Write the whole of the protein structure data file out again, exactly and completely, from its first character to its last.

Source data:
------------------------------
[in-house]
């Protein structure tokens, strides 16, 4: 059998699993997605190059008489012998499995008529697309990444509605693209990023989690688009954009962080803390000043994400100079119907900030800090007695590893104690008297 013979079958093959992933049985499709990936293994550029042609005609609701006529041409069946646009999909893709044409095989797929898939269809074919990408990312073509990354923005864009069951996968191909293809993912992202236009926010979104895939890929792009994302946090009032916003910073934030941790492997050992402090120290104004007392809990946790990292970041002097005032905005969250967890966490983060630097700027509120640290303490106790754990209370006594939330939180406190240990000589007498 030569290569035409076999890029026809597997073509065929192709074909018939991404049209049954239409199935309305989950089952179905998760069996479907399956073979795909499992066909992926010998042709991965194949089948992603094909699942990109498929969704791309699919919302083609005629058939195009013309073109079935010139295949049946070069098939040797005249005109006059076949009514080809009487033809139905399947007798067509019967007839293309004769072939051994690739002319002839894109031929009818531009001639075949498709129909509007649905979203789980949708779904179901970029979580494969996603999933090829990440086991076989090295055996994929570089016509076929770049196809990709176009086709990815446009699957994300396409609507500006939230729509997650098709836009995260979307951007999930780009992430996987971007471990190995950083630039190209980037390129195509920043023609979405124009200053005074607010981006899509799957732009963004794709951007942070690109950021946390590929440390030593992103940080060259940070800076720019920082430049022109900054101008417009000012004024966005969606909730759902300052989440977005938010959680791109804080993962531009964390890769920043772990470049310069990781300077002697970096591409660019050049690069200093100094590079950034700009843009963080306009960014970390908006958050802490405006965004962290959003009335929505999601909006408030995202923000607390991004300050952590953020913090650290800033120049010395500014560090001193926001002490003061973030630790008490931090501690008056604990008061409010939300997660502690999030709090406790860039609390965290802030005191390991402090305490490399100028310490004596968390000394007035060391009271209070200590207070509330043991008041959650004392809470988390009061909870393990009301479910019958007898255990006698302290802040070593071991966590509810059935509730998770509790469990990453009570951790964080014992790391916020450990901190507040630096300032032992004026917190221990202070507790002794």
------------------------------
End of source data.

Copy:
[in-house]
């Protein structure tokens, strides 16, 4: 059998699993997605190059008489012998499995008529697309990444509605693209990023989690688009954009962080803390000043994400100079119907900030800090007695590893104690008297 013979079958093959992933049985499709990936293994550029042609005609609701006529041409069946646009999909893709044409095989797929898939269809074919990408990312073509990354923005864009069951996968191909293809993912992202236009926010979104895939890929792009994302946090009032916003910073934030941790492997050992402090120290104004007392809990946790990292970041002097005032905005969250967890966490983060630097700027509120640290303490106790754990209370006594939330939180406190240990000589007498 030569290569035409076999890029026809597997073509065929192709074909018939991404049209049954239409199935309305989950089952179905998760069996479907399956073979795909499992066909992926010998042709991965194949089948992603094909699942990109498929969704791309699919919302083609005629058939195009013309073109079935010139295949049946070069098939040797005249005109006059076949009514080809009487033809139905399947007798067509019967007839293309004769072939051994690739002319002839894109031929009818531009001639075949498709129909509007649905979203789980949708779904179901970029979580494969996603999933090829990440086991076989090295055996994929570089016509076929770049196809990709176009086709990815446009699957994300396409609507500006939230729509997650098709836009995260979307951007999930780009992430996987971007471990190995950083630039190209980037390129195509920043023609979405124009200053005074607010981006899509799957732009963004794709951007942070690109950021946390590929440390030593992103940080060259940070800076720019920082430049022109900054101008417009000012004024966005969606909730759902300052989440977005938010959680791109804080993962531009964390890769920043772990470049310069990781300077002697970096591409660019050049690069200093100094590079950034700009843009963080306009960014970390908006958050802490405006965004962290959003009335929505999601909006408030995202923000607390991004300050952590953020913090650290800033120049010395500014560090001193926001002490003061973030630790008490931090501690008056604990008061409010939300997660502690999030709090406790860039609390965290802030005191390991402090305490490399100028310490004596968390000394007035060391009271209070200590207070509330043991008041959650004392809470988390009061909870393990009301479910019958007898255990006698302290802040070593071991966590509810059935509730998770509790469990990453009570951790964080014992790391916020450990901190507040630096300032032992004026917190221990202070507790002794």